We have done what I would say is preliminary information. Please understand that on the Syncrude lease there are seven ponds that were constructed with waste material and different overburden, and those have been followed for years. This demonstration pond was built afterward. There are a couple of consolidated tailings wetlands that people have looked at. What we haven't done is scale up to the next scale. That's the next step, and, frankly, it's the logical step.
    As a scientist you're keenly aware of the difference between what you can do in a controlled laboratory environment and what happens when you go up to full scale.
    I do a lot of field work, believe me. Yes.
    We're basing an awful lot on our capacity to scale up, although we know that there are huge unknowns that are going to kick in as soon as we get there. There really is no overall sense of the impact of the oil sands on water and where we're going to be in 50 or 100 years. Well, maybe we can get an overall sense of it and be concerned, but there are no facts around it. Until we get to the long-term time, we can't know what's going to happen.
     The modelling that has been done is sufficiently complex that the only way you're actually going to find out if something like an end-pit lake works is to build one and monitor it for about 10 to 15 years and determine whether it will work.
    That's what's being done at Syncrude and at Suncor. Remember that it's up to the companies to remediate. So, frankly, if that strategy doesn't work, the province is not going to accept the lease lands back and they're going to have to go back to looking at alternative strategies.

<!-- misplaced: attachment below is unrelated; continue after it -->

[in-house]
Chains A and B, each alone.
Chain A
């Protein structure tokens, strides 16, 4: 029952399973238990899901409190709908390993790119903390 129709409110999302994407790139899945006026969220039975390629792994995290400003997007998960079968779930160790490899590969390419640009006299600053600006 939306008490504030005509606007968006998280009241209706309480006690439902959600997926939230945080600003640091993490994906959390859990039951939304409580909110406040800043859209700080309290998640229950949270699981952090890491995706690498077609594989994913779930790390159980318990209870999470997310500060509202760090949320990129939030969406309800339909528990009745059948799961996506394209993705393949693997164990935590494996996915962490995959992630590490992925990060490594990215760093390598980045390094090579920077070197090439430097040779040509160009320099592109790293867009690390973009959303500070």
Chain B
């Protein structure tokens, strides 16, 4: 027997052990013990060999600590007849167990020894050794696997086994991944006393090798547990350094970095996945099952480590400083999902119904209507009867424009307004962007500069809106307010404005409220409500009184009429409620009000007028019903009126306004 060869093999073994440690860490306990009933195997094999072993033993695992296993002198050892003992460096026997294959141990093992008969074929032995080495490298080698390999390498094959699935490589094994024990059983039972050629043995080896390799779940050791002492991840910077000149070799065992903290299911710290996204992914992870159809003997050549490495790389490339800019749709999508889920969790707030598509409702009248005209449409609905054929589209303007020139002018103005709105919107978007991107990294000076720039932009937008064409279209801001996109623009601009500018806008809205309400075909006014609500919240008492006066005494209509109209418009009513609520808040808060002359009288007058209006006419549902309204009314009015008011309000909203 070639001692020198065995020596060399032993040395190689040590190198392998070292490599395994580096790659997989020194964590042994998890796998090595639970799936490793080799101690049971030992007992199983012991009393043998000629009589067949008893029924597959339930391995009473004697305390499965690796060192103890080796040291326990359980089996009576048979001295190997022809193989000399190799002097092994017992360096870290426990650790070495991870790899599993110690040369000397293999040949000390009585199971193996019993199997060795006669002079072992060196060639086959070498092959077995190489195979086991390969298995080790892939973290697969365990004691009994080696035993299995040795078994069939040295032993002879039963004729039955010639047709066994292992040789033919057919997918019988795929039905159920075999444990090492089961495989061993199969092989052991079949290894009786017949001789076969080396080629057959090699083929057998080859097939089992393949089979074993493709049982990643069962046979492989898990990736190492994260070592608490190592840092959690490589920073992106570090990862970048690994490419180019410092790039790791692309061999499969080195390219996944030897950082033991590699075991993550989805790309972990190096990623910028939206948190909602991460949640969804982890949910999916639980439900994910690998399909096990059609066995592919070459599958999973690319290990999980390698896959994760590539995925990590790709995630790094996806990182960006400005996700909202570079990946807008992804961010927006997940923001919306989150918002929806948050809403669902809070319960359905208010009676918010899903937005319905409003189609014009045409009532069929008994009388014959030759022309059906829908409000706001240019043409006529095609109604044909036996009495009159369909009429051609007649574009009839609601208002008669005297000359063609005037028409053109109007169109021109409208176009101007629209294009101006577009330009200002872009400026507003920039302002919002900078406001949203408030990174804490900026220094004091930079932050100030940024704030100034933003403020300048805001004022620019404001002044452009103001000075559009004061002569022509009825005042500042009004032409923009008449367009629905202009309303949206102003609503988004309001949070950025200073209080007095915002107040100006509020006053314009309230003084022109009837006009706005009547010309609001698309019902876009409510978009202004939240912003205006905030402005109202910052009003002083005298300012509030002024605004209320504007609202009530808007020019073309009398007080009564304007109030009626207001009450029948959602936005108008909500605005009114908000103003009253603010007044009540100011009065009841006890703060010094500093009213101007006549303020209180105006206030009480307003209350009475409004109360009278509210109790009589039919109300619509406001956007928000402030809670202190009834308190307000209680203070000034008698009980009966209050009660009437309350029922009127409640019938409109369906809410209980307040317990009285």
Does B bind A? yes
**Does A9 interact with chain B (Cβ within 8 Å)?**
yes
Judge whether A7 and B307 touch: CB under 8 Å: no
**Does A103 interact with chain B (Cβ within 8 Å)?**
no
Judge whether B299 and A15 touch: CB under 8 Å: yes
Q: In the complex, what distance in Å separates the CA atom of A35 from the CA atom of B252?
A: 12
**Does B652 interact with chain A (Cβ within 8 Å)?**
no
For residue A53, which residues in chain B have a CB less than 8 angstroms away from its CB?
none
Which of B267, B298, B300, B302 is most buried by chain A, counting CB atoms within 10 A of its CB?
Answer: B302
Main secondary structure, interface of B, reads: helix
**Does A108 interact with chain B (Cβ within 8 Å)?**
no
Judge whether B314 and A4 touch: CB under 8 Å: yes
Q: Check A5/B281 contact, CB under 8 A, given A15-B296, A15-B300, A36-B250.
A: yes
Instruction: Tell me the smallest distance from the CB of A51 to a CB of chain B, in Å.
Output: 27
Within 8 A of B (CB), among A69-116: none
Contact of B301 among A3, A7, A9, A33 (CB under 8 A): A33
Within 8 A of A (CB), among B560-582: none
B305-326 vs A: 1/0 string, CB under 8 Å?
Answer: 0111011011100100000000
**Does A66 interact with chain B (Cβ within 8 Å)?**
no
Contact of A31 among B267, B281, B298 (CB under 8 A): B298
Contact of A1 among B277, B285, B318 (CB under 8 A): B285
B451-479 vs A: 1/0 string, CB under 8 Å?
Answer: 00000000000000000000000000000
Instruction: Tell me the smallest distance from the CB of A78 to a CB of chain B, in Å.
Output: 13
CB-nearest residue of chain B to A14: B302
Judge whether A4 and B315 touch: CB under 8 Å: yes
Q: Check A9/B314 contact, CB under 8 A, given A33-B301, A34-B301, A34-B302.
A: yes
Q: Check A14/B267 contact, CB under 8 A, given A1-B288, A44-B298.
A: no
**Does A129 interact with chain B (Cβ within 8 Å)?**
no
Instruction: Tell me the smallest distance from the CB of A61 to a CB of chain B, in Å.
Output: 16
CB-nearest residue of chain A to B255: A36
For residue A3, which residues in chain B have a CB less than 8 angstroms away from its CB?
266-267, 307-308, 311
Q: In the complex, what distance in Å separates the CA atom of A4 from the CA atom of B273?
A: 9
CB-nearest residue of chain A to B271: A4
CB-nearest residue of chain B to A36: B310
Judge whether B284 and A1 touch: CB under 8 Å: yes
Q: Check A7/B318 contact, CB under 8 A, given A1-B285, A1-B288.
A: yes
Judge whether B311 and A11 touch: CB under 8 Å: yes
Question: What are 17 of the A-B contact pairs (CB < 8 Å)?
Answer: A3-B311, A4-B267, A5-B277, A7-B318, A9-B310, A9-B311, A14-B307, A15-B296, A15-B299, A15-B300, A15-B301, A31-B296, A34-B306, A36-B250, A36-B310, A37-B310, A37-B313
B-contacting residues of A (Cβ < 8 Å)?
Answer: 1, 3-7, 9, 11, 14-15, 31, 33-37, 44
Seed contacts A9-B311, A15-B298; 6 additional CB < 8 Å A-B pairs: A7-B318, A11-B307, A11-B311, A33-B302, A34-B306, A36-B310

That seems perhaps not in the best long-term interests of the citizens of Alberta, for example, and the wildlife that lives there, that we're banking on capacity to do something that's never been done before and never successfully proven, and we're banking an awful lot on that.
    I would suggest that is perhaps correct. Having said that, please understand that there's been sufficient activity up there now that there is already a huge amount of area that needs to be reclaimed and something has to be done about it. So if we take a look at this strategy now, it has to be done. It's not like we can stick our heads in the sand and leave town. There is significant damage there already that we have to deal with.


    We don't even know yet, as you say, what the equivalent ecological capacity of our goal would be in terms of the lands, the services, the wetlands, the dry lands, and what they are offering.
    We really don't know where we're going with this.
    I can give you a definition of what I think an equivalent capacity would be for a lake, but whether or not all aquatic scientists would agree with me and whether or not that would be acceptable to the regulatory authorities in the Province of Alberta is a different matter.
    I won't bore you with telling you what I think it is now.
    Thank you, Mr. Trudeau. Your time has expired.
    Mr. Calkins, the floor is yours.
    Thanks very much, Mr. Chair. I certainly appreciate having an opportunity to ask a few questions.
    I'm going to start with some general questions, and then I'm going to talk to you about fish, because I have a zoology degree in fisheries and aquatic sciences, Dr. Dixon, and I'm going to ask you some fairly direct questions about fish, if I have time.
    The first question in the line of questioning I want to follow, though, is dealing with the scientific independence. You have been quite clear, Dr. Dixon, that you are obviously balancing the various sources of funding that come to you and you're maintaining scientific independence. I'm going to ask you directly if the oil sands companies or anybody like that ever tried to influence the direction of your research as part of their funding arrangements.
    Dr. Schindler was very clear in his testimony before the committee when we were in Edmonton that he did not want to take any funding from the oil sands companies, which implies that anybody who's doing science at the behest of the oil companies doesn't have that independence. Would you care to comment on his comment?
    A point of order, Mr. Chair. I don't think Dr. Schindler ever suggested that.
    That's a point of debate. The transcripts clearly show that.
    He said he prefers to be independent--
    That's debate.